Why the LGBTQ Community Rejected Brian Sims for Lieutenant Governor | Marc Segal

By Marc Segal

First the good news: all of the incumbents for the Democratic State Committee have won their primary elections. They all worked in their neighborhoods, became part of their districts, did the work over a long period of time, and were rewarded by the community for it. Congratulations to Micah Mahjoubian, Rick Lombardo, John Brady and Mariel Martin.

Next is the race for the U.S. Senate, where for our purposes we will focus on the race through the lens of statewide candidate Rep. Malcolm Kenyatta, D-Philadelphia, against what was the giant figure of current Lieutenant Governor John Fetterman.

At the state level, Fetterman was a juggernaut, winning more than 59 percent of the vote. But Kenyatta did better than the polls suggested and, more importantly, in Philadelphia he came in second and nearly beat Fetterman. It’s incredible. And that bodes well for Kenyatta’s future in political office.

In the race for lieutenant governor, the other contender for statewide office, Rep. Brian Sims, D-Philadelphia, resoundingly lost to fellow state Rep. Austin Davis, D-Allegheny.

This came as no surprise, as a majority of the Democratic state legislature, a majority of Pennsylvania elected officials and a long list of LGBTQ activists in the state have endorsed Davis.

Waxman wins Democratic primary for Philadelphia’s 182nd District seat

The reasons why so many people endorsed Davis over Sims have been detailed in this column and others. Sims was a poor candidate from the start due to a lot of past baggage and controversy. And he hasn’t learned from his past and tried to improve on it this election season; he just continued his bullying and deceptive tactics, most recently in one of his TV ads which misleadingly implied he was endorsed by gubernatorial candidate Josh Shapiro.

In the end, Sims was down 25 points statewide, his Philadelphia base by about 15 points, and even the neighborhoods that make up the gay district. Pennsylvania, Philadelphia and the Gayborhood all rejected the Sims and united behind Austin Davis.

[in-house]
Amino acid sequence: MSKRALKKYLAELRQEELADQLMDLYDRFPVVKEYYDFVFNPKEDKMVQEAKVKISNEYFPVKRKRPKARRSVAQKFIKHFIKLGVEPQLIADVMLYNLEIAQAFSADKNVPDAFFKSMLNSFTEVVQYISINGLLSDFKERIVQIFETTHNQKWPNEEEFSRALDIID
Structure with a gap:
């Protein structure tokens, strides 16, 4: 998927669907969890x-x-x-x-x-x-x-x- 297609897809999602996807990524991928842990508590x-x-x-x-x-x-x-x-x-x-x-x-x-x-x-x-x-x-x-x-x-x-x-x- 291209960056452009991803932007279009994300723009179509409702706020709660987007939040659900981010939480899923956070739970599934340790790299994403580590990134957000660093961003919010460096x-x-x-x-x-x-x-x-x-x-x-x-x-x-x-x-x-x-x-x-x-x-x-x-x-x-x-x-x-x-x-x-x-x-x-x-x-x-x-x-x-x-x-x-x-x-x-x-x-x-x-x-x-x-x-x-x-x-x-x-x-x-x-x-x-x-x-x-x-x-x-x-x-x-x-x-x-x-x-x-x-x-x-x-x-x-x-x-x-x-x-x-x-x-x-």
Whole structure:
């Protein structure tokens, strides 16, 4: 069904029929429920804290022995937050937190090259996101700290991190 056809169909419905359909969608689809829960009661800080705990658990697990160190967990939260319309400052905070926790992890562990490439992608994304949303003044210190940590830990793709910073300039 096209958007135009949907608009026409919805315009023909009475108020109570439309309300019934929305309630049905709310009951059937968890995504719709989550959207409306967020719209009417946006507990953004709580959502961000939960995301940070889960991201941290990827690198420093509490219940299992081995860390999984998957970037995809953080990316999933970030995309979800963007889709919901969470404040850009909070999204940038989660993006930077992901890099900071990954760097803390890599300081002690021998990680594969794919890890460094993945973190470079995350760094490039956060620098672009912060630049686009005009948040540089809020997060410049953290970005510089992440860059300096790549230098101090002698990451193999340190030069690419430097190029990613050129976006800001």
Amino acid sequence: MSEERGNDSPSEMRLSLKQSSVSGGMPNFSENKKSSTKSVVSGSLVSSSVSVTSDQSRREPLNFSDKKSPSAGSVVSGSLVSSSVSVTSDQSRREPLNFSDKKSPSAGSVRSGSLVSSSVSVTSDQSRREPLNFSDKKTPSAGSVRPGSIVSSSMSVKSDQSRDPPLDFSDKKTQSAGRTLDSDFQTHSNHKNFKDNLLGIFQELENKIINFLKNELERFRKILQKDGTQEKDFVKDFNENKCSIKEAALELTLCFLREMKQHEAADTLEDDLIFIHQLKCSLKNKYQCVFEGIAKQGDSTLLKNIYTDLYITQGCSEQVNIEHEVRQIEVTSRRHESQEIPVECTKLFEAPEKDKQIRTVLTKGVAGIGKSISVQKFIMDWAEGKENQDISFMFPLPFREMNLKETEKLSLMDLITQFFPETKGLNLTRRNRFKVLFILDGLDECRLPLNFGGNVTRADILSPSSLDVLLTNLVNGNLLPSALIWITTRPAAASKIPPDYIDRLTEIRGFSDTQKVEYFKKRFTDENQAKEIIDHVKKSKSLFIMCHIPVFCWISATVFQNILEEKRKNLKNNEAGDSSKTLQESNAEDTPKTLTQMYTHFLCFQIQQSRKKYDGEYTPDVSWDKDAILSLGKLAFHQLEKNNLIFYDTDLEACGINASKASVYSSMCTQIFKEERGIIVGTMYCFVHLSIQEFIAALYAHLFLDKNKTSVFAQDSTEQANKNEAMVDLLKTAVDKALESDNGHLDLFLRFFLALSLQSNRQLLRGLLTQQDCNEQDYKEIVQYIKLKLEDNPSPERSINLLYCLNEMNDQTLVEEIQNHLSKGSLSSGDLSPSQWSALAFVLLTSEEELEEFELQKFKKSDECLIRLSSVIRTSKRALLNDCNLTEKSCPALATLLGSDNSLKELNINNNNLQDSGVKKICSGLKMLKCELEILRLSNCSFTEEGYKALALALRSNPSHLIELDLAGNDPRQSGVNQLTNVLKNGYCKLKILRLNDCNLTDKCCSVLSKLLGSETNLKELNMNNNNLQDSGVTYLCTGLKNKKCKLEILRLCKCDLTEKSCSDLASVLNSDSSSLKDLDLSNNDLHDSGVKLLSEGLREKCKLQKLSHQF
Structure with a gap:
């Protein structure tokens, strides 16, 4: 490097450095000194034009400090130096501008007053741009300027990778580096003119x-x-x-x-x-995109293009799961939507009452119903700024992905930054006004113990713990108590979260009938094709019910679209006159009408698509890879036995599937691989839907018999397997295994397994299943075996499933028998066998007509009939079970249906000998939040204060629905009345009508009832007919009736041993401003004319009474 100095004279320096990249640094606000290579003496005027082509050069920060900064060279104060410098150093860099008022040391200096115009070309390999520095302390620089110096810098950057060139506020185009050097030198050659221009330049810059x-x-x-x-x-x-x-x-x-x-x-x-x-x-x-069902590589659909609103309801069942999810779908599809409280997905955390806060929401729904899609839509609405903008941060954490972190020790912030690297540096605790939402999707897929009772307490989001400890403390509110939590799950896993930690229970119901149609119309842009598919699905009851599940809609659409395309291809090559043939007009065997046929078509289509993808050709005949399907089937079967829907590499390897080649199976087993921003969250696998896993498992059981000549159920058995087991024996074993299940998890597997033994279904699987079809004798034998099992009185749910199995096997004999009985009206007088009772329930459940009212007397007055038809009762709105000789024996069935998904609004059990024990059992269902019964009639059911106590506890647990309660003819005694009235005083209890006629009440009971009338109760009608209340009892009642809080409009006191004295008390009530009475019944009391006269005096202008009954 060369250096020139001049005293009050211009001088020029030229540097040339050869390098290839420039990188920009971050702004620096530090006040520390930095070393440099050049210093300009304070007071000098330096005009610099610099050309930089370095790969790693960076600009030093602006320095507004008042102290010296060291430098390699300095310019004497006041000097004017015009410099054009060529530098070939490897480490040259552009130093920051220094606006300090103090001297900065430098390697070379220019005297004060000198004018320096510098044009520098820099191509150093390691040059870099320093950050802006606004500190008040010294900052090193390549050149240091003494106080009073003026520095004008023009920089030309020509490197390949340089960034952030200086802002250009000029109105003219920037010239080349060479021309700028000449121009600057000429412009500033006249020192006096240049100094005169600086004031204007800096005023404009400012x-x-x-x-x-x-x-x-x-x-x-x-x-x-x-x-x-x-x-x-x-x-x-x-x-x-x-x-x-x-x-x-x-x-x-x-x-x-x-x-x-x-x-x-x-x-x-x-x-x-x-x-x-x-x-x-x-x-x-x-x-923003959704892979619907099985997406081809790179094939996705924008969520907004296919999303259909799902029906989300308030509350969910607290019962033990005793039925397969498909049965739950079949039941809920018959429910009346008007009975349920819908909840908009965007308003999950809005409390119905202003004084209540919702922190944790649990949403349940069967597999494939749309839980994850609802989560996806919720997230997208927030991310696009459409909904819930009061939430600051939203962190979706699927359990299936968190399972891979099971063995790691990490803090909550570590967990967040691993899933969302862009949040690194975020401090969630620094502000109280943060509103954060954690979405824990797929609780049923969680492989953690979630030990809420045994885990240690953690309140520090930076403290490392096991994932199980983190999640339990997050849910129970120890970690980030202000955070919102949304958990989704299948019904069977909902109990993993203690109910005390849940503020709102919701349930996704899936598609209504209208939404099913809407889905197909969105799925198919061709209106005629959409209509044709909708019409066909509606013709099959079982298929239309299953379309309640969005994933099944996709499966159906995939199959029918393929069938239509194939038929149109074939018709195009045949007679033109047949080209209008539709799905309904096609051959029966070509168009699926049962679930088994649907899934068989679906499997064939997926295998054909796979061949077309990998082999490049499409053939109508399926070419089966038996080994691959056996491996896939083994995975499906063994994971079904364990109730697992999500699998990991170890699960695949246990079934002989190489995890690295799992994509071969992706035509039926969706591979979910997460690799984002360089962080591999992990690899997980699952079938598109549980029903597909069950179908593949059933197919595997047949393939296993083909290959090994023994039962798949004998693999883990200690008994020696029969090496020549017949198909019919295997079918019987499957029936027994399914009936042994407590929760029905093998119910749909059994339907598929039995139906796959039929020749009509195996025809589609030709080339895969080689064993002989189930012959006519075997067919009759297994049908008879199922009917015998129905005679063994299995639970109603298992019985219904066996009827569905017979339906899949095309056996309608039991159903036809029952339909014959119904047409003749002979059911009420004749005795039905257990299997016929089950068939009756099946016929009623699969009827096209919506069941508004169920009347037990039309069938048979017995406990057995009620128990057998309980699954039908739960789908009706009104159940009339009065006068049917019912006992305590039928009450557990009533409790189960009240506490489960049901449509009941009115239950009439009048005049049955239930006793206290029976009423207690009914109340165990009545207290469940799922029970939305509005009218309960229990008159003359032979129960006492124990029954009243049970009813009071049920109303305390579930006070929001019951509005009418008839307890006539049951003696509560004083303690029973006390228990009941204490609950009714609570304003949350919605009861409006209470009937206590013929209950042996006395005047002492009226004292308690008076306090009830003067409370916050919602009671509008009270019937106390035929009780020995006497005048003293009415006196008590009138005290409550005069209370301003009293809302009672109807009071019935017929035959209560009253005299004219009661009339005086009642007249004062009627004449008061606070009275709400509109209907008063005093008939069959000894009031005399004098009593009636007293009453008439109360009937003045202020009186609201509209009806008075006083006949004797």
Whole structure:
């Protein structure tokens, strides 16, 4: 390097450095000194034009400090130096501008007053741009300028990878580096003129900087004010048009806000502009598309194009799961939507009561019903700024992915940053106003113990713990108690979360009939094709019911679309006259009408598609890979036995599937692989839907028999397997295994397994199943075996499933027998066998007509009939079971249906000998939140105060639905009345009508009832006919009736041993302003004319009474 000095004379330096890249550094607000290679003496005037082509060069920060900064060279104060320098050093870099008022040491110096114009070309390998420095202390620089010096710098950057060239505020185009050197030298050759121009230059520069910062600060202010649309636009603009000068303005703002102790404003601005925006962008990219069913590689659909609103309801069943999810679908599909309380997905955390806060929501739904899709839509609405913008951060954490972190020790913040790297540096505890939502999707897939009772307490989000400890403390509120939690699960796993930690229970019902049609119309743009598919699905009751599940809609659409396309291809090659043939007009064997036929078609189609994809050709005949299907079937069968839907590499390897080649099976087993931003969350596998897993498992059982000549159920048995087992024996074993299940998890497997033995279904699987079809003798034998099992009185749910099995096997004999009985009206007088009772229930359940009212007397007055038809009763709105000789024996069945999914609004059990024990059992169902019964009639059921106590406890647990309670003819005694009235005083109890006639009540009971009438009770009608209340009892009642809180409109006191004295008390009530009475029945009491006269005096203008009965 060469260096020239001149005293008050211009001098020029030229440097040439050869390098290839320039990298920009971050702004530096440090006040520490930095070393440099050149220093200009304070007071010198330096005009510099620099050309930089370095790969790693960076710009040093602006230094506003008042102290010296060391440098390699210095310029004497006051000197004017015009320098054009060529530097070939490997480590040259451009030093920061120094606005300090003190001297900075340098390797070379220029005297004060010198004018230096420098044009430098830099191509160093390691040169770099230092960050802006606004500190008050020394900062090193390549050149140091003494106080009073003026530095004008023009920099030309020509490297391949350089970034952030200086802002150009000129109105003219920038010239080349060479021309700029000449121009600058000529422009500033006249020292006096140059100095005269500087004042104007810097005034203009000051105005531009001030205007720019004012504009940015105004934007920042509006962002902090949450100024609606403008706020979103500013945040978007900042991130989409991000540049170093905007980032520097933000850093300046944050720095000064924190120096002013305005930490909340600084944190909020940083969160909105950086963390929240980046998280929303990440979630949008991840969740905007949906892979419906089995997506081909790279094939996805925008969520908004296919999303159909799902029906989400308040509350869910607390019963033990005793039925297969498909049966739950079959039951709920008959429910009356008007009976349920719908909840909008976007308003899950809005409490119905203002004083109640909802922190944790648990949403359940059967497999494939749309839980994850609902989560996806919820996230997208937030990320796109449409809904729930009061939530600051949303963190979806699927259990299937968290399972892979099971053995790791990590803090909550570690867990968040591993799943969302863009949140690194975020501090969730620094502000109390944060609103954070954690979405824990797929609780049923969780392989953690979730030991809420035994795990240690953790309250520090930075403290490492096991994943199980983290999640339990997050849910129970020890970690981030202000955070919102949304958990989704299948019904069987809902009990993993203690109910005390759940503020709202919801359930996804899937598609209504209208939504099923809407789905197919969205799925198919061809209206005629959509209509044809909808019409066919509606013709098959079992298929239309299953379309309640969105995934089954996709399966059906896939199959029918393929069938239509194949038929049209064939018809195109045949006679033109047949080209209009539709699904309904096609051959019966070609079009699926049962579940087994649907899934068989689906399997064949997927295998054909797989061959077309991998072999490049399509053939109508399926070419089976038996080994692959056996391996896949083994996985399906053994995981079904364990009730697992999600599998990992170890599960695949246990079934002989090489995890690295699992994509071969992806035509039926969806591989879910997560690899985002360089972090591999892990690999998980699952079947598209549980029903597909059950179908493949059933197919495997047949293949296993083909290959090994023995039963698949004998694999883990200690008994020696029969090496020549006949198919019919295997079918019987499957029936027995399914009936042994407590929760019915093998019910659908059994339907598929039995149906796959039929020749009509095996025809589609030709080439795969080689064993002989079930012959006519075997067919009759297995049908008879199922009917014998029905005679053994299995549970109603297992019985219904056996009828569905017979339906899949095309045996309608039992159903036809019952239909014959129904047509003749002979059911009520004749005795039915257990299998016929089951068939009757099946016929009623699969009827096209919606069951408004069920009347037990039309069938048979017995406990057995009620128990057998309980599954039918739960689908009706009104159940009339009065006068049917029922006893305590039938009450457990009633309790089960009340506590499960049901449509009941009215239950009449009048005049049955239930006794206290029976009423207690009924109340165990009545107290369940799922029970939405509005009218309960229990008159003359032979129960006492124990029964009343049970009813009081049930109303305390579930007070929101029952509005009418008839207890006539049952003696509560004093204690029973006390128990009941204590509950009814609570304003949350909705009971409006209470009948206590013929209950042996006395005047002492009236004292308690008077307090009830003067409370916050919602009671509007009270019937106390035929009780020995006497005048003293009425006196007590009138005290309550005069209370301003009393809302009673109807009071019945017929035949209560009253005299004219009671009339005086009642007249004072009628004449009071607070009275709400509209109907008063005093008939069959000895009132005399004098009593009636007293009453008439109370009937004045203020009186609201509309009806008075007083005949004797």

Then there’s the state representative race in the 182nd District, which includes the Gayborhood. The most liberal district in the state had two candidates, Deja Alvarez and Jonathan Lovitz.

State Representative Austin Davis wins the Democratic nomination for Lieutenant Governor.

The two lost by a wide margin to longtime LGBTQ ally Ben Waxman. Out of four contestants, Lovitz came in third and Alvarez came in fourth. The biggest misconception about this race is that some believe the LGBTQ community is a bigger part of the district than it actually is. We’ve always said LGBTQ voters in the 182nd District are between 5% and 10%, which means they can affect an outcome but can’t decide it on their own. It also didn’t help that the two LGBTQ candidates were vying for a similar group of voters.

But the 182nd District race was also representative and affected by a battle within our own community of gender and classism. And that battle was highlighted the day before the election by Deja Alvarez, who made a campaign call and said of his opponents in the race: “Wealth, access and resources are easier for those who match to the mold – usually, white cis men of a certain background”.

The last part of that, “from a certain background” has a whole host of connotations, but the first thing that came to mind was that his three opponents were Jewish. Coming at the very end of a campaign, this email unfortunately split. It was a last-ditch effort to raise a few dollars, but it didn’t make up for a poorly run campaign.

The Liberty City LGBTQ Democratic Club was the only state LGBTQ organization to endorse Sims and Alvarez, who was Sims’ hand-picked replacement for his seat.

Both were defeated hands down. While personal endorsements may reflect the opinions of a single person, an organization trying to build itself and be taken seriously as a political force needs to be more in touch with the community it represents.

Both of these mentions show that Liberty City was out of touch with the broader LGBTQ community during this election. They got caught up in issues, including the splits I explained above. But Liberty City is an important part of the LGBTQ community, and we need to support them as they rebuild.

That won’t happen until the war within our community begins to change, when the majority finally gets tired of being rescued by a small group of biased, politically correct people trying to intimidate them.

Mark Segal is the founder and publisher of the Philadelphia Gay News, an editorial partner of the Pennsylvania Capital-Star, where this column first appeared.

Comments are closed.